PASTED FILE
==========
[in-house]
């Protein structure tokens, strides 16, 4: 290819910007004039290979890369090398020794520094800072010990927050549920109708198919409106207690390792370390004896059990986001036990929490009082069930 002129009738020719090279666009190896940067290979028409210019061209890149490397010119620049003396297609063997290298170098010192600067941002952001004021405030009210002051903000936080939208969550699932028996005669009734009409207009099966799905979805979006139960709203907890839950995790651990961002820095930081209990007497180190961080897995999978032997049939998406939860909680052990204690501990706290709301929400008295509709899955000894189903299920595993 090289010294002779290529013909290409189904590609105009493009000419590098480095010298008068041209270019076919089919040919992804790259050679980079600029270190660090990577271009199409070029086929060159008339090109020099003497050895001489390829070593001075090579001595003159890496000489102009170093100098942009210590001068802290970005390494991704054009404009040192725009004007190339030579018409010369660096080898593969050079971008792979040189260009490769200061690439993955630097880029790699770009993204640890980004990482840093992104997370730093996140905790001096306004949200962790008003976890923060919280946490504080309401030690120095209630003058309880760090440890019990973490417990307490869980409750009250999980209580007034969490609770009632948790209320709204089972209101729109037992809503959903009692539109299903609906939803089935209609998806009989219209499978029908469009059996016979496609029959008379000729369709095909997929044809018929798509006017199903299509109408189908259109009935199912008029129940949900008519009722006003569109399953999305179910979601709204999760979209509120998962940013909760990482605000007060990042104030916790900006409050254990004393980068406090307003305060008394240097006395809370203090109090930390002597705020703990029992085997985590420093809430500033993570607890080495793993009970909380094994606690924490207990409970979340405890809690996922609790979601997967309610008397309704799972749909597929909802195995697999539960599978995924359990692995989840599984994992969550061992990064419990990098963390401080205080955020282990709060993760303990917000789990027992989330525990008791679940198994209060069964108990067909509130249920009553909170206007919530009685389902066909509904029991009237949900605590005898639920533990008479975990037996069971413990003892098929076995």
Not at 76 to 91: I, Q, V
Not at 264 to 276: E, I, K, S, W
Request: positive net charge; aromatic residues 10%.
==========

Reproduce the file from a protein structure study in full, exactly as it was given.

[in-house]
């Protein structure tokens, strides 16, 4: 290819910007004039290979890369090398020794520094800072010990927050549920109708198919409106207690390792370390004896059990986001036990929490009082069930 002129009738020719090279666009190896940067290979028409210019061209890149490397010119620049003396297609063997290298170098010192600067941002952001004021405030009210002051903000936080939208969550699932028996005669009734009409207009099966799905979805979006139960709203907890839950995790651990961002820095930081209990007497180190961080897995999978032997049939998406939860909680052990204690501990706290709301929400008295509709899955000894189903299920595993 090289010294002779290529013909290409189904590609105009493009000419590098480095010298008068041209270019076919089919040919992804790259050679980079600029270190660090990577271009199409070029086929060159008339090109020099003497050895001489390829070593001075090579001595003159890496000489102009170093100098942009210590001068802290970005390494991704054009404009040192725009004007190339030579018409010369660096080898593969050079971008792979040189260009490769200061690439993955630097880029790699770009993204640890980004990482840093992104997370730093996140905790001096306004949200962790008003976890923060919280946490504080309401030690120095209630003058309880760090440890019990973490417990307490869980409750009250999980209580007034969490609770009632948790209320709204089972209101729109037992809503959903009692539109299903609906939803089935209609998806009989219209499978029908469009059996016979496609029959008379000729369709095909997929044809018929798509006017199903299509109408189908259109009935199912008029129940949900008519009722006003569109399953999305179910979601709204999760979209509120998962940013909760990482605000007060990042104030916790900006409050254990004393980068406090307003305060008394240097006395809370203090109090930390002597705020703990029992085997985590420093809430500033993570607890080495793993009970909380094994606690924490207990409970979340405890809690996922609790979601997967309610008397309704799972749909597929909802195995697999539960599978995924359990692995989840599984994992969550061992990064419990990098963390401080205080955020282990709060993760303990917000789990027992989330525990008791679940198994209060069964108990067909509130249920009553909170206007919530009685389902066909509904029991009237949900605590005898639920533990008479975990037996069971413990003892098929076995």
Not at 76 to 91: I, Q, V
Not at 264 to 276: E, I, K, S, W
Request: positive net charge; aromatic residues 10%.